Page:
ConocoPhillips points to the difference between its earnings and its obligations in Alaska.
While the company has paid $3.7 billion in state and federal obligations on its operations in Alaska through the first nine months of the year — including $2.8 billion in state taxes and royalties — it has earned only $1.7 billion in profits, according to the company.
In 2011, ConocoPhillips paid $5 billion in state and federal taxes on its Alaska operations — including $4.1 billion in state taxes and royalties — and earned $2 billion in profits.
Companywide, ConocoPhillips reported a 51.8 percent effective income tax rate in the third quarter, down from 58.5 percent during the same period last year. In Europe, ConocoPhillips paid an 86.3 percent tax rate during the quarter. In the Lower 48 and Latin America, the company paid a 26.9 percent and in Canada it paid 19.2 percent.
The rising profits and falling tax rate came as ConocoPhillips increased spending in Alaska, reporting a $208 million capital program for the third quarter, up from $194 million in the third quarter of 2011 and $202 million in the second quarter of 2011.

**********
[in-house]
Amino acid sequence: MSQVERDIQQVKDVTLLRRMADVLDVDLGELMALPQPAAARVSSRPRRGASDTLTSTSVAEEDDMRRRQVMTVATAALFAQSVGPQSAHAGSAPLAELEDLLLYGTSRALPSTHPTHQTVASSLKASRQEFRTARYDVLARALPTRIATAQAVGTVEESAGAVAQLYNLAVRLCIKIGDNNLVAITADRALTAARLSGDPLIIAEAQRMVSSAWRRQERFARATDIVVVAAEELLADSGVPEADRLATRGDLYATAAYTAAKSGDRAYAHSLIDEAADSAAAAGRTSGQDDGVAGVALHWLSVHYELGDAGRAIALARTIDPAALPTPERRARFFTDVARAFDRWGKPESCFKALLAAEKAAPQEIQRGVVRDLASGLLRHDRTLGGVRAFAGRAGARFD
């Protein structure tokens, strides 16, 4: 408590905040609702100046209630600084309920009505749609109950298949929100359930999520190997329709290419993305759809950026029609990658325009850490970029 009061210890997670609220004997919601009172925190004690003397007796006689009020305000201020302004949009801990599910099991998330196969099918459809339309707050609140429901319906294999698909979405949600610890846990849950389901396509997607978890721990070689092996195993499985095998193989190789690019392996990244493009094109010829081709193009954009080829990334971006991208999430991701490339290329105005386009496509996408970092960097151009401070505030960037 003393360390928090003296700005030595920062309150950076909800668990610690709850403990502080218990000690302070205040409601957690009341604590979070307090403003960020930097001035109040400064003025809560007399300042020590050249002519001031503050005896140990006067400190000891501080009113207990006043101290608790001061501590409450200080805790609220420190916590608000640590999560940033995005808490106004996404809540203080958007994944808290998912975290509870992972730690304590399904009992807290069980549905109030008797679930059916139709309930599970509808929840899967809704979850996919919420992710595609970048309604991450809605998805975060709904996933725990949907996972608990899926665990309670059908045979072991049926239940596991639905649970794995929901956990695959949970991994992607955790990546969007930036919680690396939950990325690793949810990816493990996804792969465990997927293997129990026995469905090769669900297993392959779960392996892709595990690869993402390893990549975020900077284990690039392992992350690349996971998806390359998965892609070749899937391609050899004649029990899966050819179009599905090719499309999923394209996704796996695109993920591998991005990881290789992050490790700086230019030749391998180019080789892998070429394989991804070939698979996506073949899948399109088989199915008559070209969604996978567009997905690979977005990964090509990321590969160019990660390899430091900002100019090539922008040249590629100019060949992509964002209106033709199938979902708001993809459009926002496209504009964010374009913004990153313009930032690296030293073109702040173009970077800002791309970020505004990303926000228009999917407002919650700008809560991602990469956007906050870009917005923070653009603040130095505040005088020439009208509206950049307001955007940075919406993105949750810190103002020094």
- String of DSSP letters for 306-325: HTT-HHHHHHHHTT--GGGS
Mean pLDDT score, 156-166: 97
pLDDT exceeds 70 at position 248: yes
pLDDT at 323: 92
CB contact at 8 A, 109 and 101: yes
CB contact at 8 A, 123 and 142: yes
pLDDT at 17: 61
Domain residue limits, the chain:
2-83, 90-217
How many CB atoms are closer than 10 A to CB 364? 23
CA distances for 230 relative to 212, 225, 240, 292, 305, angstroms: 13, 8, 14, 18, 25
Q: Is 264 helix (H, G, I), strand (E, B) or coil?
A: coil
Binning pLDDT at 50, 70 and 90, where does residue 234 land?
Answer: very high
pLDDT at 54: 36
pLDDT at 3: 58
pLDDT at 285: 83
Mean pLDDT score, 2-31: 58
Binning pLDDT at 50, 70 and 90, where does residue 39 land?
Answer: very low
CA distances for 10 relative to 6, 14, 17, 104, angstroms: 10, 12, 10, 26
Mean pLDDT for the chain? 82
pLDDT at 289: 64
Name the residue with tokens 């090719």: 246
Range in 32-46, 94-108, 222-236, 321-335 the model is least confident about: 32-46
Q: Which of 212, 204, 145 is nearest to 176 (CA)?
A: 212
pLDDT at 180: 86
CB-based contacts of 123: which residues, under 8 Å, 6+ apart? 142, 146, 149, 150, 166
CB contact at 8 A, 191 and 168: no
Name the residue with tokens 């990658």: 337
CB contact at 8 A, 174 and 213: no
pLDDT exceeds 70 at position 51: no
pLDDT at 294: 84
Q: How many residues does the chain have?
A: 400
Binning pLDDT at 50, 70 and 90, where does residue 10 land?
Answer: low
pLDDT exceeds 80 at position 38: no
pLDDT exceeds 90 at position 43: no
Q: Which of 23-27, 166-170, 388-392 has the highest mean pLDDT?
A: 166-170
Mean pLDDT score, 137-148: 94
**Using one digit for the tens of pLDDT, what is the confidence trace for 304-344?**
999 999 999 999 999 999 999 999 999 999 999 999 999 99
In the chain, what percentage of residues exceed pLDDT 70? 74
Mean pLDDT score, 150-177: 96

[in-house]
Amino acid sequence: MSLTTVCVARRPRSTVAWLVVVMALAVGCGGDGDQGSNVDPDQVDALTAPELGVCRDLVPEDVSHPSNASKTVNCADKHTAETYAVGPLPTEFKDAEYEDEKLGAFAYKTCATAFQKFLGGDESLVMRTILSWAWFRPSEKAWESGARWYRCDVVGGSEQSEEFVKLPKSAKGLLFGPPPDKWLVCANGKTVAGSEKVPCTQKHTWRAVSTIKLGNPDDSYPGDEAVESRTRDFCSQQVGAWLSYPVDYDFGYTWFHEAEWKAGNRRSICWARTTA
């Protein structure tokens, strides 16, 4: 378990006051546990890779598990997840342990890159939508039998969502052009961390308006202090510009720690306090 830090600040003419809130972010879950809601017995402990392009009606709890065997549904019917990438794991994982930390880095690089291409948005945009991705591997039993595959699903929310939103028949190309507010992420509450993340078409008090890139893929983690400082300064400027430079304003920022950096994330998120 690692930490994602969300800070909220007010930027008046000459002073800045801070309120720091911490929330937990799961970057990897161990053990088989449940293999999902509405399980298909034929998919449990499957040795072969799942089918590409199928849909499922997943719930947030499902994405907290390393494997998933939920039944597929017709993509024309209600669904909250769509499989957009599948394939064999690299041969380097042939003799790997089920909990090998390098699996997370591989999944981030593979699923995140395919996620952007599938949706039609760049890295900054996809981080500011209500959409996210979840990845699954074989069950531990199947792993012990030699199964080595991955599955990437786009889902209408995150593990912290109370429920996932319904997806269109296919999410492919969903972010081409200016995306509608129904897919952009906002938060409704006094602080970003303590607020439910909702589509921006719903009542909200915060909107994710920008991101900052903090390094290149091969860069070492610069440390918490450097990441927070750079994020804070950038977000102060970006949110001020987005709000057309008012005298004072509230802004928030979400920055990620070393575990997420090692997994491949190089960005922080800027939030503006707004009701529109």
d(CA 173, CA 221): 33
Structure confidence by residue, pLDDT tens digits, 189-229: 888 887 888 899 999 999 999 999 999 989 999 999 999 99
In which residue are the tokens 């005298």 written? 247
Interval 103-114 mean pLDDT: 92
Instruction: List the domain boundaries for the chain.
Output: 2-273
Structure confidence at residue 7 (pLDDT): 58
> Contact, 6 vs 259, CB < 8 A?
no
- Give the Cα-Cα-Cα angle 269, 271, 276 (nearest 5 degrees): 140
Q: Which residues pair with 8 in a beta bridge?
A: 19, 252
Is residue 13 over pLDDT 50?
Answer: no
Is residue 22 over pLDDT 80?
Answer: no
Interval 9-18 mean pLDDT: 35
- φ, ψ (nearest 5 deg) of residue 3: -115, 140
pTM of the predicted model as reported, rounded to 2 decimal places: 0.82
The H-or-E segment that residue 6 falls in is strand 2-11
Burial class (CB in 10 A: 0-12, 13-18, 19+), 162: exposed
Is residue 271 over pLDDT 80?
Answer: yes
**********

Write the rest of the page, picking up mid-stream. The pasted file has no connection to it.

The spending in Alaska, though, is the smallest for any ConocoPhillips business unit. Of its nearly $3.7 billion capital program for the quarter, ConocoPhillips spent $1.3 billion in the Lower 48 and Latin America, $738 million in Europe and $493 million in Canada.
ConocoPhillips’ quarterly depreciation, depletion and amortization expenses in Alaska fell to $117 million from the third quarter of this year, down from $134 million during the same period last year and down from $133 million during the second quarter of 2012.
The financial figures mask increased production declines.